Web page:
|Solar panel on a house roof near Boston|
Wikipedia, Gray Watson
Milt Caplan wrote an excellent blog post on the future of energy. He describes attending an event where
a number of speakers prefaced their comments with statements like “everybody knows the future will be based on distributed generation – primarily with small scale renewables and storage to provide reliability”.
(Bold in the original)
Is this indeed what everybody knows? Is there no dissent?
As Caplan wrote:
We have this romantic fantasy that we can live off-grid with a combination of solar power and battery backup. Of course, with a bit of thought .....we accept that we cannot go it completely alone. The conclusion being that maybe we need to collaborate with our neighbours and build a small system (or microgrid) to achieve the reliability that we need to power our lives.As it turns out, I have also been thinking about microgrids. A few days ago, I heard an excellent talk on smart microgrids by Andy Haun, Chief Technology Officer, Schneider Electric Microgrids Business. These advanced microgrids can be controlled "in parallel" with the grid. When used in this manner, the smart microgrid systems can avoid costs by shaving peak demand and by using cheaper, off-peak power. The microgrids can be also controlled in an "intentional islanded mode," which is especially useful for storm readiness.
It seemed to me that while these microgrids could be used stand-alone in remote locations, they were mostly going to be used in conjunction with the larger grid. Or why develop all these "peak shaving" features, and so forth?
It doesn't look to me as if advanced microgrids are going to make the bigger grid obsolete, or at least, not anytime soon.
Maybe instead of microgrids, we should be looking at really big macro grids?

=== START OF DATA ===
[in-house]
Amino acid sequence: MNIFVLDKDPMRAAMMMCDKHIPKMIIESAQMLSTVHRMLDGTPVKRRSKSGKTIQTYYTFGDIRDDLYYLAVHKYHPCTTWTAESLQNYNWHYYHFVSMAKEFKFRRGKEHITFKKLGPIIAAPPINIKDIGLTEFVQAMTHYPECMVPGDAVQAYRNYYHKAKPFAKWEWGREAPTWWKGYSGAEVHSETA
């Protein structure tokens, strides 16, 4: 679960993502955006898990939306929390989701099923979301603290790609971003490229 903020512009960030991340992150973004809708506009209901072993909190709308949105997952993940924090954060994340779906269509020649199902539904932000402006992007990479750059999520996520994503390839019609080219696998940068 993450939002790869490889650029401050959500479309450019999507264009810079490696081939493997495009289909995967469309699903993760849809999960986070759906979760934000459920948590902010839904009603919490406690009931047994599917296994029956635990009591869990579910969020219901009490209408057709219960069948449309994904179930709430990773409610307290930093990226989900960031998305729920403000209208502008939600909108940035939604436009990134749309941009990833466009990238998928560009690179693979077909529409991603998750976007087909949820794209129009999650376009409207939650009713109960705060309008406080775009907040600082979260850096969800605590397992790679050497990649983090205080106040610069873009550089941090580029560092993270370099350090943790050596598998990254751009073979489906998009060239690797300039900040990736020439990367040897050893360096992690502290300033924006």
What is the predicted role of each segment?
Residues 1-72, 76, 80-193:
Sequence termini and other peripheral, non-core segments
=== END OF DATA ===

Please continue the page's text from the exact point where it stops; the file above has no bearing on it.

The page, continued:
Many of the renewables advocates who hope for a proliferation of microgrids also hope for long-distance DC lines, to bring bulk power from sunny or windy places to places where more people are living. Maybe, the answer is long-DC lines to bring energy across the continent, moving energy from sunny and windy areas to big cities. In other words, really big grids.
Earlier this year, Power Engineering featured an article, Enabling Large Scale Renewables in the Western U.S. This article proposed new, lengthy High Voltage DC lines. These lines had names such as Power from the Prairie, and Centennial West. The lines seemed primarily designed to move wind energy from the west to the east. Similarly, in early June, an Wall Street Journal ran an opinion piece titled Upgrade America's 19th Century Electric Grid. This article called for a $500 billion dollar infrastructure project to build DC power lines to "transfer energy between power-abundant and power-hungry regions. "
Could this work? Probably not.
Donn Dears wrote a blog post DC Transmission for Cutting CO2 Emissions. As Dears explains, HVDC transmission lines are best for moving great quantities of power for long distances; current examples carry hydro power from dams to cities. There are HVDC transmission lines carrying hydro power in the American West (Pacific DC Intertie), and similar lines in China and Brazil. These lines are fully utilized almost all the time, because they come from huge hydro systems with more than one power plant.
Such utilization would not be the case for the new DC lines proposed for the US. They would carry wind and perhaps solar energy, which are not steadily available. Low utilization rates would lead to higher costs, and DC lines are only cost-effective in limited circumstances to start with. An HVDC build-out would not work. It would not be cost-effective.
Pursuit of the the Unsuitable
Somehow, in pursuit of renewable energy, microgrids (connected to the main grid) or a huge buildout of continent-spanning DC power lines (connected to the main grid) are considered to be options. The main grid doesn't go away, but these new features get added.
Now, there are uses for both microgrids and DC lines. Even their proponents, however, are not proposing microgrids and DC lines as a complete substitute for the current grid. At best, they would solve some problems on the grid. At worst, they would be high-cost, duplicative add-ons to the grid that exists now.
In short, if we want to decarbonize our grid without romantic fantasy and without too much costly duplication, we need the following:
- Keep our current fleet of nuclear plants running
- Build more nuclear plants
- Build more grid infrastructure, as appropriate.
- Don't duplicate infrastructure because "microgrid" or "HVDC" sounds cool. Add them as needed.